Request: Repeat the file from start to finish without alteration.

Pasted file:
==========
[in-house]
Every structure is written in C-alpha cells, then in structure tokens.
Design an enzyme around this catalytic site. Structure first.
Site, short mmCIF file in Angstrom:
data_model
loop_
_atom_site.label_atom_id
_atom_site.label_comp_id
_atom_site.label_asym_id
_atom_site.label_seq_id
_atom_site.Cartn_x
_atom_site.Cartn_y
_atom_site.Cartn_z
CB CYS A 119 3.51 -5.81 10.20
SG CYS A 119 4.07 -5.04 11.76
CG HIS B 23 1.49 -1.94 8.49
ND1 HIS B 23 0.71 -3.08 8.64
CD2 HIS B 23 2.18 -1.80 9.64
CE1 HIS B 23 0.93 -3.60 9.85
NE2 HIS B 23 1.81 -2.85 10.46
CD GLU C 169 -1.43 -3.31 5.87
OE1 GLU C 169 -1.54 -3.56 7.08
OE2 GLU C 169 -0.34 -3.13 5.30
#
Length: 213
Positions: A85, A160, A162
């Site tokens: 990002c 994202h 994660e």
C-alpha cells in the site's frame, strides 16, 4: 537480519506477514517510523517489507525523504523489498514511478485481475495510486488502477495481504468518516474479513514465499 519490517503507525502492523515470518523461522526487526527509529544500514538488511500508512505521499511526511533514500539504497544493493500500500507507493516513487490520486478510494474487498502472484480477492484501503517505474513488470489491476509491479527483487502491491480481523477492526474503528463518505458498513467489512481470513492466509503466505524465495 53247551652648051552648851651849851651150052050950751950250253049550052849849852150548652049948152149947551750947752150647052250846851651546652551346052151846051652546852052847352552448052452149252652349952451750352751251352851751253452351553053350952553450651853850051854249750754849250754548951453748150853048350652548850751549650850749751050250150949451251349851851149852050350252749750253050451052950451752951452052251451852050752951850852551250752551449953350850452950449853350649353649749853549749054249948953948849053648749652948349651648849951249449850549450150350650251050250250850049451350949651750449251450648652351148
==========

[in-house]
Every structure is written in C-alpha cells, then in structure tokens.
Design an enzyme around this catalytic site. Structure first.
Site, short mmCIF file in Angstrom:
data_model
loop_
_atom_site.label_atom_id
_atom_site.label_comp_id
_atom_site.label_asym_id
_atom_site.label_seq_id
_atom_site.Cartn_x
_atom_site.Cartn_y
_atom_site.Cartn_z
CB CYS A 119 3.51 -5.81 10.20
SG CYS A 119 4.07 -5.04 11.76
CG HIS B 23 1.49 -1.94 8.49
ND1 HIS B 23 0.71 -3.08 8.64
CD2 HIS B 23 2.18 -1.80 9.64
CE1 HIS B 23 0.93 -3.60 9.85
NE2 HIS B 23 1.81 -2.85 10.46
CD GLU C 169 -1.43 -3.31 5.87
OE1 GLU C 169 -1.54 -3.56 7.08
OE2 GLU C 169 -0.34 -3.13 5.30
#
Length: 213
Positions: A85, A160, A162
């Site tokens: 990002c 994202h 994660e």
C-alpha cells in the site's frame, strides 16, 4: 537480519506477514517510523517489507525523504523489498514511478485481475495510486488502477495481504468518516474479513514465499 519490517503507525502492523515470518523461522526487526527509529544500514538488511500508512505521499511526511533514500539504497544493493500500500507507493516513487490520486478510494474487498502472484480477492484501503517505474513488470489491476509491479527483487502491491480481523477492526474503528463518505458498513467489512481470513492466509503466505524465495 53247551652648051552648851651849851651150052050950751950250253049550052849849852150548652049948152149947551750947752150647052250846851651546652551346052151846051652546852052847352552448052452149252652349952451750352751251352851751253452351553053350952553450651853850051854249750754849250754548951453748150853048350652548850751549650850749751050250150949451251349851851149852050350252749750253050451052950451752951452052251451852050752951850852551250752551449953350850452950449853350649353649749853549749054249948953948849053648749652948349651648849951249449850549450150350650251050250250850049451350949651750449251450648652351148